This guide is a non-exhaustive collection of resources honoring Asian and Pacific Islander (AAPI) people's history in America while celebrating the creative, political, and cultural contributions of AAPI people. This guide includes a curated collection of our print books, eBooks, film both streaming and non-streaming, zines, and artist books from the special collection. We have also included relevant outside resources - reading lists, arts organizations, art exhibitions, political organizations, digital zines, and podcasts - to ensure that wherever you are, you can appreciate the unique historic and contemporary contributions of Asian American and Pacific Islanders peoples to the American political and cultural landscape.
For library resources more focused on the historic and present social justice struggles of AAPI peoples, please see our Stop AAPI Hate Guide.
Asian American Pacific Islander Heritage Month has been observed as a month-long celebration since 1992. Following American bicentennial celebrations in 1976, former congressional staffer Jeanie Jew started lobbying members of Congress to formally recognize the contributions of Asian and Pacific Islanders peoples to America. Jeanie Jew herself was the great-granddaughter of a Chinese immigrant that helped build the transcontinental railroad and wanted a period of reflection and celebration for her ancestors and the ancestors of many others. In 1978, President Carter designated the first 10 days of May as “Asian/Pacific American Heritage Week.” May was chosen to commemorate two crucial dates in AAPI history: it commemorates the arrival of the first Japanese immigrants to America on May 7, 1843, and the May 10, 1869 completion of the transcontinental railroad largely built by Chinese laborers. Varied efforts to extend “Asian/Pacific American Heritage Week” to a month continued until 1992 when Congress passed a law designating May as Asian/Pacific American Heritage Month.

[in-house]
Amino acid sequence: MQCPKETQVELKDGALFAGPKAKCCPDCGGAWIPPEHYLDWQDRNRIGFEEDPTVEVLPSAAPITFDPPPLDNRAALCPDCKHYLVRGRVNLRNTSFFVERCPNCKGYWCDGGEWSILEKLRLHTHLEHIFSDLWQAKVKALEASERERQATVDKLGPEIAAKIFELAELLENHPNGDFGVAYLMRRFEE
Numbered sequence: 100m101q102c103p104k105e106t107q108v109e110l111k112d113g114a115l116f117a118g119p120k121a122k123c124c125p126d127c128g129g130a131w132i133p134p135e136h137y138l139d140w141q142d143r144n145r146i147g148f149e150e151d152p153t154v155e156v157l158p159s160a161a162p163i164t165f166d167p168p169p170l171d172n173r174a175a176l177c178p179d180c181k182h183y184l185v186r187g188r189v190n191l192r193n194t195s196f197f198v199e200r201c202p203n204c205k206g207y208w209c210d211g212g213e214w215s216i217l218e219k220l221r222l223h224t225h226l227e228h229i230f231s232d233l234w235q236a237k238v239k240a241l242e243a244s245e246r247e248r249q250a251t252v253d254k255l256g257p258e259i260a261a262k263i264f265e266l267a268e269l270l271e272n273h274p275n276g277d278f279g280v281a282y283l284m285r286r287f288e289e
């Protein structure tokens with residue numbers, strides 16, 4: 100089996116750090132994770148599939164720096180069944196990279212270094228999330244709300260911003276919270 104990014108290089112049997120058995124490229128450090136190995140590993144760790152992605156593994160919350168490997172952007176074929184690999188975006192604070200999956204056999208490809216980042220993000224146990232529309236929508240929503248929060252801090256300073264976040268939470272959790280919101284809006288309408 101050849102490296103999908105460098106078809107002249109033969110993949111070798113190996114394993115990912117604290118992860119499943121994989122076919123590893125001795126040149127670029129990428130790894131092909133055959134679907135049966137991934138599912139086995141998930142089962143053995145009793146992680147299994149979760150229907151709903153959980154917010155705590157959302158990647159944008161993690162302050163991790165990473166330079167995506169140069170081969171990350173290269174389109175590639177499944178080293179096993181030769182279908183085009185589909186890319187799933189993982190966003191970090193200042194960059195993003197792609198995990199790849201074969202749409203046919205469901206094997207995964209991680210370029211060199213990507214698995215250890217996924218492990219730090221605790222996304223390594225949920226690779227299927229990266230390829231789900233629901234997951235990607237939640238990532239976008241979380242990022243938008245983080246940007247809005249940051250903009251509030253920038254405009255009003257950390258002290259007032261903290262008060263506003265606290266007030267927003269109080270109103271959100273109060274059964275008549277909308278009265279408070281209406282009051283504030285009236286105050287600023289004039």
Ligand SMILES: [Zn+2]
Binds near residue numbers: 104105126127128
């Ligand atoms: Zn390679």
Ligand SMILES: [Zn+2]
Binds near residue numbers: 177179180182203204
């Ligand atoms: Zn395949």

Asian American and Pacific Islanders is an expansive pan-ethnic identity born from Civil Rights efforts at the University of California, Berkeley in 1969. It includes the entire continent of Asia and islands in the Pacific Island clusters of Melanesia, Micronesia, and Polynesia. The use of the term Asian American Pacific Islander is academically contested, in part because the broad category contains people that first experienced America as a colonizing force (including the Marshall Islands, Hawaii, and the Philippines) with people that first experienced America through the immigration process. Some of these conversations are outlined in the Office of Diversity, Equity, and Inclusion’s Asian American Pacific Islander (AAAPI) Resource Guide. The resources in this guide attempt to reflect some of these historical nuances while setting a celebratory tone.
Photograph of Third World Liberation Front protest at University of California, Berkeley. Among other demands, student protestors called for including the histories of people of color in the college curriculum. These protests resulted in the creation of the first Asian American Studies programs at both UC Berkeley and San Francisco State University. Image credit; "Third World Liberation Front (TWLF)," Cornell University's Asian American Media blog. https://blogs.cornell.edu/asianammedia/2018/12/07/third-world-liberation-front-twlf/